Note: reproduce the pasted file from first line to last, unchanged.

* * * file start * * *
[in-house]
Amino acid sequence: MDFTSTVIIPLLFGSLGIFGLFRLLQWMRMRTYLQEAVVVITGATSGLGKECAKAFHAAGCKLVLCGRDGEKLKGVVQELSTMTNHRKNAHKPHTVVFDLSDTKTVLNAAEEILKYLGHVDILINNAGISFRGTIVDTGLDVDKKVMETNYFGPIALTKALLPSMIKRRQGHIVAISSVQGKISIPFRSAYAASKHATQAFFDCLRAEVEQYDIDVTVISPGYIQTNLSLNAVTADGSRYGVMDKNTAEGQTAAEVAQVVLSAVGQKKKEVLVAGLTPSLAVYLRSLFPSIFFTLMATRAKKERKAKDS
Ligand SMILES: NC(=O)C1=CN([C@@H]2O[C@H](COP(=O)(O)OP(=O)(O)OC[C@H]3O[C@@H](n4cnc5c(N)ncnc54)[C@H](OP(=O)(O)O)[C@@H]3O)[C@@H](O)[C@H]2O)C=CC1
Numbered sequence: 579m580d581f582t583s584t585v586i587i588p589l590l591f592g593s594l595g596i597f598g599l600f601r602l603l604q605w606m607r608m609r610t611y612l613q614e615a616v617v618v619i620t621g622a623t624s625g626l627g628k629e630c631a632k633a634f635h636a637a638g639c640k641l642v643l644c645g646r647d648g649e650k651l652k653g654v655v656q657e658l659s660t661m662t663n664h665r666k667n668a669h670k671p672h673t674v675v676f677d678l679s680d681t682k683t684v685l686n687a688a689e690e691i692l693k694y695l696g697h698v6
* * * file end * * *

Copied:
[in-house]
Amino acid sequence: MDFTSTVIIPLLFGSLGIFGLFRLLQWMRMRTYLQEAVVVITGATSGLGKECAKAFHAAGCKLVLCGRDGEKLKGVVQELSTMTNHRKNAHKPHTVVFDLSDTKTVLNAAEEILKYLGHVDILINNAGISFRGTIVDTGLDVDKKVMETNYFGPIALTKALLPSMIKRRQGHIVAISSVQGKISIPFRSAYAASKHATQAFFDCLRAEVEQYDIDVTVISPGYIQTNLSLNAVTADGSRYGVMDKNTAEGQTAAEVAQVVLSAVGQKKKEVLVAGLTPSLAVYLRSLFPSIFFTLMATRAKKERKAKDS
Ligand SMILES: NC(=O)C1=CN([C@@H]2O[C@H](COP(=O)(O)OP(=O)(O)OC[C@H]3O[C@@H](n4cnc5c(N)ncnc54)[C@H](OP(=O)(O)O)[C@@H]3O)[C@@H](O)[C@H]2O)C=CC1
Numbered sequence: 579m580d581f582t583s584t585v586i587i588p589l590l591f592g593s594l595g596i597f598g599l600f601r602l603l604q605w606m607r608m609r610t611y612l613q614e615a616v617v618v619i620t621g622a623t624s625g626l627g628k629e630c631a632k633a634f635h636a637a638g639c640k641l642v643l644c645g646r647d648g649e650k651l652k653g654v655v656q657e658l659s660t661m662t663n664h665r666k667n668a669h670k671p672h673t674v675v676f677d678l679s680d681t682k683t684v685l686n687a688a689e690e691i692l693k694y695l696g697h698v6